It could be in the early morning hours before sunrise or in the evening after dark. I may be wearing a tactical vest, a ruck, or a ruck plate carrier. I’m either walking at a very quick pace, moving with a purpose and attitude, definitely attitude, like I’m going to burst into a smokey dive bar and pick a fight kind of attitude. If not the brisk walk I’m doing a ruck shuffle, in which case they’re probably thinking that I have an injury and can’t run or that I need to watch a YouTube tutorial on how to run 101. Seriously people, I’m not crazy, (well maybe just a little, in a good way!) I’m RUCKING!
What exactly is this you’re asking. The word “ruck” itself is both a noun and a verb. The ruck is the backpack used to carry weight. The action of “rucking’ is a relatively fast march over distance carrying a load, a common military exercise as a form of training for soldiers. What’s shocking to me is how many people have never even heard of it, or if they have, they don’t realize the health benefits of rucking.
Walking for miles and hours with a weight on your back toughens the body and mind in a way that few other activities do. It burns 3x the calories of walking and is less stressful on the body than running. According to Jason McCarthy, founder and CEO of the GORUCK organization rucking will give you a “super medium” body type. If you have too much fat and muscle, it’ll lean you out and if you’re skinny you’ll get stronger and put on some muscle. I can totally attest to this! In June when I rucked 77 miles over the course of the month, I was shredded by the end of the 30 days! 😉
Rucking counts not only as a strength exercise, but also cardio (Bingo!!!). It elevates your heart rate compared to regular walking, but not like a CrossFit workout where your only thoughts are: am I going to die; maybe I should’ve scaled; and how many more rounds! It elevates it enough with that weight in your ruck that you’ll walk with a purpose, while still being able to talk and think. I like to set an intention for my day, or for the ruck if it’s a longer one. It’s also the perfect time to reflect on goals, listen to a podcast or catch up with a friend on the phone. Because you are moving at a conversational pace rucking is also a great way to socialize. A lot of towns have “ruck clubs” where you can gather and ruck with a group. Although I like having a friend or friends with me for longer rucks, I love my time alone on shorter distances. Lately I’ve been doing 2.5 miles every morning before sunrise. It’s the best start to the day and is considered fasted cardio!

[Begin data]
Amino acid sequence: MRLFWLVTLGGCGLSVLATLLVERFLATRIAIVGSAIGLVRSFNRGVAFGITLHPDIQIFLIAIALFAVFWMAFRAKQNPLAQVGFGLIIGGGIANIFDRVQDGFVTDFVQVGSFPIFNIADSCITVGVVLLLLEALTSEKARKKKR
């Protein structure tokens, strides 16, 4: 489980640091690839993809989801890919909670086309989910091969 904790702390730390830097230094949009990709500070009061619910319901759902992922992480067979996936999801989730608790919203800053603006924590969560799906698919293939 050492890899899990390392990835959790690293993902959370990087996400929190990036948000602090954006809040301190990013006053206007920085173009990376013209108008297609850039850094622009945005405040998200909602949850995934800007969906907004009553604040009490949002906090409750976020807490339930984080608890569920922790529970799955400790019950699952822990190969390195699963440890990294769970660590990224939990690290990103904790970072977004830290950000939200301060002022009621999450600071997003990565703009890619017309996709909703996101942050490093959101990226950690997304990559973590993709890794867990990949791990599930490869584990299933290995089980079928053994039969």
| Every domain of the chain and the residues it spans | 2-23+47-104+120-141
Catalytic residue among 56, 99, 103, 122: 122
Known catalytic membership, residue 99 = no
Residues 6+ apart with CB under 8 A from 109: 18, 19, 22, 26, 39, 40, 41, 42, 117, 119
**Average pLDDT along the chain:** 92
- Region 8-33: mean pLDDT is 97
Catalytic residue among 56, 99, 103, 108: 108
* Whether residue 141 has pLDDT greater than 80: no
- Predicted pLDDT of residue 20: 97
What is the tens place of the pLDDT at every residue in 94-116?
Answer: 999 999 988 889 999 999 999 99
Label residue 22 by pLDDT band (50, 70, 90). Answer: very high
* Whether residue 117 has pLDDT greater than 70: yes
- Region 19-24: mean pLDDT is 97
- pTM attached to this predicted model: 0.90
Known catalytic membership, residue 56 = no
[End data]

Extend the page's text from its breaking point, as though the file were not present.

Another benefit from rucking is that it improves posture, something that a lot of individuals need help with. I’m continuously keeping my core engaged, moving with a slight tilt forward and pushing through my glutes with each step. I like to carry my weight plate high in my ruck with the straps tight so it’s sitting higher on my back. The weight of the ruck actually pulls your shoulders and back into proper alignment and puts your body into the proper posture. The more you ruck, you are training your body to stay in that optimal position all day. No kidding, you will see improvements in your posture and you’ll be more aware when you’re not practicing good posture.
A novice rucker can usually start out carrying 5-15% of their bodyweight. It’s better to start out light and gradually increase and adjust after you put some miles in and get a feel for it. The best part is you control the intensity by how much weight you carry and your speed. Want to make it harder…increase the weight, your cadence and/or the distance. Changing up the terrain also adds an element to your training, like rucking on the beach or a gravel path for some more fun. 😉 I love that you can ruck anywhere and anytime and you can constantly challenge yourself!
What about the fact that you can jump into this activity without breaking the bank. There’s no gym membership, no fancy workout clothes, and no equipment necessary other than a ruck, weight and some decent shoes. Oh, and some good performance socks too! If you want a really durable, made in the USA, ruck, the Rucker 3.0 by GORUCK is awesome. They are seriously so well made and have the best features. Another option if you didn’t want the backpack is their Ruck Plate Carrier that is streamlined and holds just the plate, it’s terrific for doing weighted workouts as well. GORUCK also has Ruck Plates for both styles in various weights. Last, but not least, the footwear! The proper socks and shoes are so important when it comes to rucking. I have two favorite shoes. The first is the GORUCK MACV-1 boot. They are SO lightweight and comfortable, perfect for rucking, or just looking cool. 😉 (Check out the amazing story behind the boots on the link as well!) The second is by Topo Athletic. It’s a great shoe for rucking, hiking or trail running. As for the socks, my one and only are Lola Gams! They are a true performance sock made in the USA with moisture wicking properties and comfort in all the right places. Other than those items you’re good to go! (dog optional)
So whether rucking is your main form of fitness, used as training for endurance events or even recovery after a difficult workout, covering ground under load builds a strong foundation of fitness. Don’t overcomplicate it. Throw on some weight and get outside and go for a ruck! For now I’ll continue to be the weirdo in the neighborhood with my latest mission being educating people on this simple, yet incredible activity! #RUCKSTAR